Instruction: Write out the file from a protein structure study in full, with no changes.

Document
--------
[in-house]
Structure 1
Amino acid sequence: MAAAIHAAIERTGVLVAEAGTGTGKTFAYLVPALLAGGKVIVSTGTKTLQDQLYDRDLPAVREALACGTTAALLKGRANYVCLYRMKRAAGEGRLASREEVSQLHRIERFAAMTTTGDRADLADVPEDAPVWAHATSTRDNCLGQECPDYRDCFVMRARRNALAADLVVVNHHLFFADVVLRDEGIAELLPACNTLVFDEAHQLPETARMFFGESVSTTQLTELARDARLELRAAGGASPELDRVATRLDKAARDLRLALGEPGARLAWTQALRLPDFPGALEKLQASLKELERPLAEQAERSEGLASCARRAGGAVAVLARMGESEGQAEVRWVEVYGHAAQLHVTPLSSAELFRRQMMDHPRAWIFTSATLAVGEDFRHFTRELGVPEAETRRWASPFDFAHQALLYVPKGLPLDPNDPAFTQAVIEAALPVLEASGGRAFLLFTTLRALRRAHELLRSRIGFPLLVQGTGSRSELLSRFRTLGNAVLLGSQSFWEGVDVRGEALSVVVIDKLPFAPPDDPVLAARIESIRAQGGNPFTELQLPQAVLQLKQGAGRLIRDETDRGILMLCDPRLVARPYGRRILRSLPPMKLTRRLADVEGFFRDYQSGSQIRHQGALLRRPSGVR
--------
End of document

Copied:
[in-house]
Structure 1
Amino acid sequence: MAAAIHAAIERTGVLVAEAGTGTGKTFAYLVPALLAGGKVIVSTGTKTLQDQLYDRDLPAVREALACGTTAALLKGRANYVCLYRMKRAAGEGRLASREEVSQLHRIERFAAMTTTGDRADLADVPEDAPVWAHATSTRDNCLGQECPDYRDCFVMRARRNALAADLVVVNHHLFFADVVLRDEGIAELLPACNTLVFDEAHQLPETARMFFGESVSTTQLTELARDARLELRAAGGASPELDRVATRLDKAARDLRLALGEPGARLAWTQALRLPDFPGALEKLQASLKELERPLAEQAERSEGLASCARRAGGAVAVLARMGESEGQAEVRWVEVYGHAAQLHVTPLSSAELFRRQMMDHPRAWIFTSATLAVGEDFRHFTRELGVPEAETRRWASPFDFAHQALLYVPKGLPLDPNDPAFTQAVIEAALPVLEASGGRAFLLFTTLRALRRAHELLRSRIGFPLLVQGTGSRSELLSRFRTLGNAVLLGSQSFWEGVDVRGEALSVVVIDKLPFAPPDDPVLAARIESIRAQGGNPFTELQLPQAVLQLKQGAGRLIRDETDRGILMLCDPRLVARPYGRRILRSLPPMKLTRRLADVEGFFRDYQSGSQIRHQGALLRRPSGVR